As you all may know, the next week takes place in Geneva an emergency meeting between the four parties involved in this conflict (Ukraine, EU, USA and Russia).

To my surprise last night, while reading the many “contributions” that the brainy politics and officials threw on this topic (most of them insipid, threatening and lacking any hint of intelligence), I read with great pleasure a genuinely creative contribution. Michael Emerson, Associate Senior Research Fellow at the Centre for European Policy Studies (CEPS), wrote in a very simple list what are the necessary steps to be taken (and the agreements that must be reached) in this summit to stabilize the political situation in Ukraine. Enjoy it:

On the Pro-Russian side:

  1. All illegal occupation of public buildings should be stopped immediately.
  2. All barricades should be dismantled.
  3. All unofficial militias and so-called self-defense groups should be disarmed immediately.
  4. There should be no further attempts to promote separatism, such as unauthorized referendums.

On the Kiev’s side:

  1. Preparations should continue to assure free and fair presidential elections on 25 May 2014.
  2. The next government of Ukraine should undertake a thorough constitutional review process, assuring a sound distribution of competences between national and sub-national authorities and inter alia language laws that fully respect both majority and minority languages, and assure Ukraine will join no military alliance.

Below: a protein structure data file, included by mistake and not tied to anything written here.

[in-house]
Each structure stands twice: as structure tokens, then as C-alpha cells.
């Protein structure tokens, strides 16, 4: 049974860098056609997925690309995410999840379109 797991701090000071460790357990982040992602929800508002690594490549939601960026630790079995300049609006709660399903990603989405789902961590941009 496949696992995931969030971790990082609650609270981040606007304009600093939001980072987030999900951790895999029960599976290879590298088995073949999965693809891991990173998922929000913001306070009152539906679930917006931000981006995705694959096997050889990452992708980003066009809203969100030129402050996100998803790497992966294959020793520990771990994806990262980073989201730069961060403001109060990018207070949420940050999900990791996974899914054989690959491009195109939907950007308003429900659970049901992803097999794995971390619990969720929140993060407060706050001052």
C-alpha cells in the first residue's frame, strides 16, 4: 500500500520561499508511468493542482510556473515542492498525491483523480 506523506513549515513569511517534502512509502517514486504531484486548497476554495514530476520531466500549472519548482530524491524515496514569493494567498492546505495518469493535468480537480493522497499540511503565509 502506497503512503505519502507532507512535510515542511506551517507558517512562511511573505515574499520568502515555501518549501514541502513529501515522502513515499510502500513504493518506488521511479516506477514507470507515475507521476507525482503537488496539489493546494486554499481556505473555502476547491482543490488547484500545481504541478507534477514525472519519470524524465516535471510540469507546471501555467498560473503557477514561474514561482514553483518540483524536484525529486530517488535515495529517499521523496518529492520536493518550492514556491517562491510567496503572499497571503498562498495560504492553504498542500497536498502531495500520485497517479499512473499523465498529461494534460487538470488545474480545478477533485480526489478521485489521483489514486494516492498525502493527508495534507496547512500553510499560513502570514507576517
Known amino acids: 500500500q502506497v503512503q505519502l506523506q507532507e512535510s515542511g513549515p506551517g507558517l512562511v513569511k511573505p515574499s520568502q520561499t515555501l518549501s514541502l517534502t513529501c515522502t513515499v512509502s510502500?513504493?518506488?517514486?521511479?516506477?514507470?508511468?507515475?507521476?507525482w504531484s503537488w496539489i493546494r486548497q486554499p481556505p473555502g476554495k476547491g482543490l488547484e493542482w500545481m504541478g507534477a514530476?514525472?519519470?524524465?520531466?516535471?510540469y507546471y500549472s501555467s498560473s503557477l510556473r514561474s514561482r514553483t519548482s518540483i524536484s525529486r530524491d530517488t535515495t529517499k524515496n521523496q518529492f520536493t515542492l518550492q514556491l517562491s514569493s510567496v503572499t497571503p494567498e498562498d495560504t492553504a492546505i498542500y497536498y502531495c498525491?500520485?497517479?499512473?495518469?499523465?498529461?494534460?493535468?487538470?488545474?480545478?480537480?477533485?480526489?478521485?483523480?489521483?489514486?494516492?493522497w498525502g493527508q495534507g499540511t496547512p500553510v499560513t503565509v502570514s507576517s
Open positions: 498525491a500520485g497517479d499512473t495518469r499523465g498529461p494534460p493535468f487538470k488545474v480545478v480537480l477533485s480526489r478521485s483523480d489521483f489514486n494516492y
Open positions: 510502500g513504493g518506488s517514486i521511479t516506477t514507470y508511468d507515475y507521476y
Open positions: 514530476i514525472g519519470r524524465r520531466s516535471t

3. Ukraine should have high-quality free trade with both the EU and the Russia-Belarus-Kazakhstan customs union.
  4. The EU and the Russian-Belarus-Kazakhstan customs union should expedite negotiations over a common European economic space to which Ukraine should be eligible to become a full party.
  5. A trilateral Ukrainian-Russian-European consortium should take in hand rehabilitation of the Ukrainian trunk gas pipeline network.
  6. The price for the import of Russian gas into Ukraine should be pegged on the average German import price, less an amount reflecting shorter transit costs.

Difficult? Certainly I do not know, but there you have a reasonably neutral guide that can lead us to stability.

Nothing is impossible.

Àlex Fusté

Chief Economist